There is a simple formula that describes this book and it is this:
James Bond + werewolves + Nazis = AWESOME
If that isn’t enough for you, the book also features Hitler, a mad scientist, a henchman named Boots (so named because he kills people with his iron-cleated footwear) and the main character is the son of Rasputin. Sadly, Rasputin does not appear in the book and neither is he is a werewolf which are pretty much the only ways in which this book could have been improved.
Werewolf with a soul Michael Galladin is a British commando/spy who is given the jobs that ordinary men can’t accomplish, such as stealing vital plans for Rommel’s advance across North Africa. Alas, when he spends the night at the home of a wealthy and beautiful woman in Cairo he unwittingly unleashes the Bond Doom Cock on her and blames himself when she is assassinated in his place.
For the next three years he holes up in a remote part of Wales and takes no further part in the war, but the Allies have need of his rather unique skills once again. A spy in Paris has sent word about a dastardly Nazi plan that could ruin the upcoming D-Day landings and Galladin is the only man for the job. He reluctantly accepts the mission to make contact with the agent and to discover more about the Nazi plot named “Iron Fist”. Action, bad sex scenes and flashbacks ensue.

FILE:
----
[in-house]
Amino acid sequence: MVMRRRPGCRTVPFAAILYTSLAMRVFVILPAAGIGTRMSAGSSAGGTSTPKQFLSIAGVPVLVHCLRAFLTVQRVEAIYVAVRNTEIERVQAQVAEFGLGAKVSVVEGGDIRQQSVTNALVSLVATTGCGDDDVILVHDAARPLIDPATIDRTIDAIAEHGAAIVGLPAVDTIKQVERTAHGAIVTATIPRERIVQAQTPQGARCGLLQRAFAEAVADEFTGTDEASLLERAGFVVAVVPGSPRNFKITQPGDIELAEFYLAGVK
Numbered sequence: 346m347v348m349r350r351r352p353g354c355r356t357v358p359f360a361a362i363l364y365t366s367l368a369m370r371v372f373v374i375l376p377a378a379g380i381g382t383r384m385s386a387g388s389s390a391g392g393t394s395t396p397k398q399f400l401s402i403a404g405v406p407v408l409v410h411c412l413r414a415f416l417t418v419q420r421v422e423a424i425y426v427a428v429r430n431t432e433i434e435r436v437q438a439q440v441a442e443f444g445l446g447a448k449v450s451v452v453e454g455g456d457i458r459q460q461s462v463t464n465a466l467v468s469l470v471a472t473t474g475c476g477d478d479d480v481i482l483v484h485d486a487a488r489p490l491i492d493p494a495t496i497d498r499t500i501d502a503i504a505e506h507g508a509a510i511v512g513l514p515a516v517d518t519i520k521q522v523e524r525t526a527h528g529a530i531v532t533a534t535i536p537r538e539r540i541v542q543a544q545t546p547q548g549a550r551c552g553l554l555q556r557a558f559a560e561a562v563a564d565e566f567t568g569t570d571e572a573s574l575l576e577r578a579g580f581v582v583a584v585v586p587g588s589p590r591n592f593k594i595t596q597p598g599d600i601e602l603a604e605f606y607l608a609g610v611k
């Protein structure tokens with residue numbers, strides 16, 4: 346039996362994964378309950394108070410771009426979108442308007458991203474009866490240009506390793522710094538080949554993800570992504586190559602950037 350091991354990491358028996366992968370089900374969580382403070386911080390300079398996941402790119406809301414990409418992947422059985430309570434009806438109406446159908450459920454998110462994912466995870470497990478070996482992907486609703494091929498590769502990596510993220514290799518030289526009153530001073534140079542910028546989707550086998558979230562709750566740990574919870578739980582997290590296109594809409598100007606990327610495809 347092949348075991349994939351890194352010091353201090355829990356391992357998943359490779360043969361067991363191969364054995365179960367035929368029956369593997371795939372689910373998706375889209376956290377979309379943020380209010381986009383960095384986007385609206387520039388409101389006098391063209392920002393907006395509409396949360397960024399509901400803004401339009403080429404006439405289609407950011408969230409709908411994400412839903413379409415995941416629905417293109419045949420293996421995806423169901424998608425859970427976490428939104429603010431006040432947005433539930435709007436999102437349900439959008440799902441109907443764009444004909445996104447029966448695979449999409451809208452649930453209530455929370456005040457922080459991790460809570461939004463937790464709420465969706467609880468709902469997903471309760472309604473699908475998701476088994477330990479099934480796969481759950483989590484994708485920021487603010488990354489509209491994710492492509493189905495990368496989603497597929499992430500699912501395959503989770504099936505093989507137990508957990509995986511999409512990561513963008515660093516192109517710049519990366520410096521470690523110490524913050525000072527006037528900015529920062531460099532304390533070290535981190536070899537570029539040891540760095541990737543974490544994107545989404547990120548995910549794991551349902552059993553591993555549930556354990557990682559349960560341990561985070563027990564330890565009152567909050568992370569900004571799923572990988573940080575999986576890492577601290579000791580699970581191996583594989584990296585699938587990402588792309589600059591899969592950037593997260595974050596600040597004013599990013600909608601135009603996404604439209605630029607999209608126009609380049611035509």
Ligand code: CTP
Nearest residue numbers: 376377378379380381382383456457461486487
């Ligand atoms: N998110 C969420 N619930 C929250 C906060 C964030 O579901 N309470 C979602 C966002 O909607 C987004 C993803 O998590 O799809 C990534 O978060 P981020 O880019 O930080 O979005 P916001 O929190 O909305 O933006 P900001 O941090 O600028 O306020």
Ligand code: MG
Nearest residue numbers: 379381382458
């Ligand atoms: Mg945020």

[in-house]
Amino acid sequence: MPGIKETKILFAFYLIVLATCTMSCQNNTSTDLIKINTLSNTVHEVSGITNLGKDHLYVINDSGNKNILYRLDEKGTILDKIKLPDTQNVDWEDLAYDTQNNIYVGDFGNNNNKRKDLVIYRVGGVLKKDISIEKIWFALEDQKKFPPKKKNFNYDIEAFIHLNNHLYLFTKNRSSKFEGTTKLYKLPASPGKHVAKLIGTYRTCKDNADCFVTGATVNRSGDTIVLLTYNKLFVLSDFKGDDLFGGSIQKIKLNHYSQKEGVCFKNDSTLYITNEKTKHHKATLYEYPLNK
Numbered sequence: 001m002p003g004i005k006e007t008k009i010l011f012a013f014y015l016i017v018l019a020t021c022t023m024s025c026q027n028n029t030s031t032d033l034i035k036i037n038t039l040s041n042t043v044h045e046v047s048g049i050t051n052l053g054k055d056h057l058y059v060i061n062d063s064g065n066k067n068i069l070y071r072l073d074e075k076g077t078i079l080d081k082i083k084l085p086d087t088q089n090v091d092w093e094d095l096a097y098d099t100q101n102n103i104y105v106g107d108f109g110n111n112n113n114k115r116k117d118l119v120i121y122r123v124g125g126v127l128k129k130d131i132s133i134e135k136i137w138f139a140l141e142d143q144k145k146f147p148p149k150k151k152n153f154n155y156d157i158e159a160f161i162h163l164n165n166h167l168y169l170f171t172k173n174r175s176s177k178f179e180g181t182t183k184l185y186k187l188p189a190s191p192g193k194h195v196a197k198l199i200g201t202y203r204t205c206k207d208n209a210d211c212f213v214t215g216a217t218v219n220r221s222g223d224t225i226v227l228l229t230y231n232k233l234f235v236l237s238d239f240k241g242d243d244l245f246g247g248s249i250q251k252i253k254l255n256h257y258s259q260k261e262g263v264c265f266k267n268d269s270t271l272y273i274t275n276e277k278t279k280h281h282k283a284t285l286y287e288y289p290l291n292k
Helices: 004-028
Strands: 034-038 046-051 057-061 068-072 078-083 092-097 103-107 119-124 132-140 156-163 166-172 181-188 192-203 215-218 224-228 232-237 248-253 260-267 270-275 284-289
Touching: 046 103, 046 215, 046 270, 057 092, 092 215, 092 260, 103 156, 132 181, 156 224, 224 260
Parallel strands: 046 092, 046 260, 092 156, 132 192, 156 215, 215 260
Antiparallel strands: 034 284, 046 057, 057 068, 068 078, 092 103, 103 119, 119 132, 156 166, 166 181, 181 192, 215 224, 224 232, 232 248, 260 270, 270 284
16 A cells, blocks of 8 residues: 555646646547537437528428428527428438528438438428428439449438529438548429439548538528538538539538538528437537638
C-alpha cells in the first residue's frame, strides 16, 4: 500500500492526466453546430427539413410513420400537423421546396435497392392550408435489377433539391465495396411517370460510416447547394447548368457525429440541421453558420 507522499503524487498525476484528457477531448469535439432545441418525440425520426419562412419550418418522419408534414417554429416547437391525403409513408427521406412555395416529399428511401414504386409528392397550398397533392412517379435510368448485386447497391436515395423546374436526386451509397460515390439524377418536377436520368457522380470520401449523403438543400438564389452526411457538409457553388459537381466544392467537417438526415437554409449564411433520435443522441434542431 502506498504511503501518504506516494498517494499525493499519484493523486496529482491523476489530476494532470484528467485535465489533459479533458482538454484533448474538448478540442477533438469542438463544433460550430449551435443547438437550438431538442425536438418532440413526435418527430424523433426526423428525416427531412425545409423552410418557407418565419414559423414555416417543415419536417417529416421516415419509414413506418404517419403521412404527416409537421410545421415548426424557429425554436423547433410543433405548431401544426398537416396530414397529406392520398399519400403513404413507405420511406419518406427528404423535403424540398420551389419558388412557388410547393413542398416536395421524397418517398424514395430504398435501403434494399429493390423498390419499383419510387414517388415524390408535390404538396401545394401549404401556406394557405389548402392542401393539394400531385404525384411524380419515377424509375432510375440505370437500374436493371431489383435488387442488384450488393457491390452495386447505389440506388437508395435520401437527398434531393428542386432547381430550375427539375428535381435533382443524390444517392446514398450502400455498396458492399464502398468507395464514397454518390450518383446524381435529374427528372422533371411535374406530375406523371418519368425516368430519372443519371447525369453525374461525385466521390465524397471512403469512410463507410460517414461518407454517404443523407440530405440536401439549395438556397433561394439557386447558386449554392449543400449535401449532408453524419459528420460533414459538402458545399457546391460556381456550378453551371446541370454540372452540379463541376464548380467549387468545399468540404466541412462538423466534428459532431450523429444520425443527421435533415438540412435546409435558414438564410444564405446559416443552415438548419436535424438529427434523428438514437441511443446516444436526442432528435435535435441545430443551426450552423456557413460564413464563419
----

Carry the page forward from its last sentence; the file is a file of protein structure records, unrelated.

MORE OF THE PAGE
McGammon interweaves the main story in 1944 with Galladin’s backstory as Russian boy Mikhail Gallatinov, how he becomes a werewolf and learns to control his bestial side. Being a master lover as well as a master spy, Galladin invariably shags every woman he meets with some eye-wateringly lucid descriptions which are partly offset by graphic descriptions of his Russian werewolf pack slaughtering animals and men alike, as well as some more harrowing “present-day” scenes set in a Nazi concentration camp.
Alekza made good her promise to dry him off, using her tongue. She began at the south and crawled ever so slowly northward, licking dry his skin, slowly lapping the water that beaded on his shivering skin.
She came to his blood-gorged centre and there she displayed the true quality of an animal: the love of fresh meat. (p361)
From a critical point of view, The Wolf’s Hour is a mess. The prose is awful, with McCammon cramming all manner of wolf or animal related phrases whenever possible, often with unintentionally comic results (see quote above) and the narrative is occasionally confusing as it will merrily switch viewpoints mid-chapter and even mid-scene. And yet it tears along at a furious pace and out-Bonds Bond at times. The werewolves are just the icing on the cake.
The book was written over twenty years ago so I doubt it will happen now, but I’d love it if McCammon wrote a sequel to this book, possibly featuring Gallatin discovering a Nazi solar cannon project (mentioned in passing by Hitler at the end of the book) – Werewolf vs Nazis IN SPACE! I’d settle for werewolves versus ninjas (preferably set in Japan), or even simply werewolf ninjas – the possibilities are endless!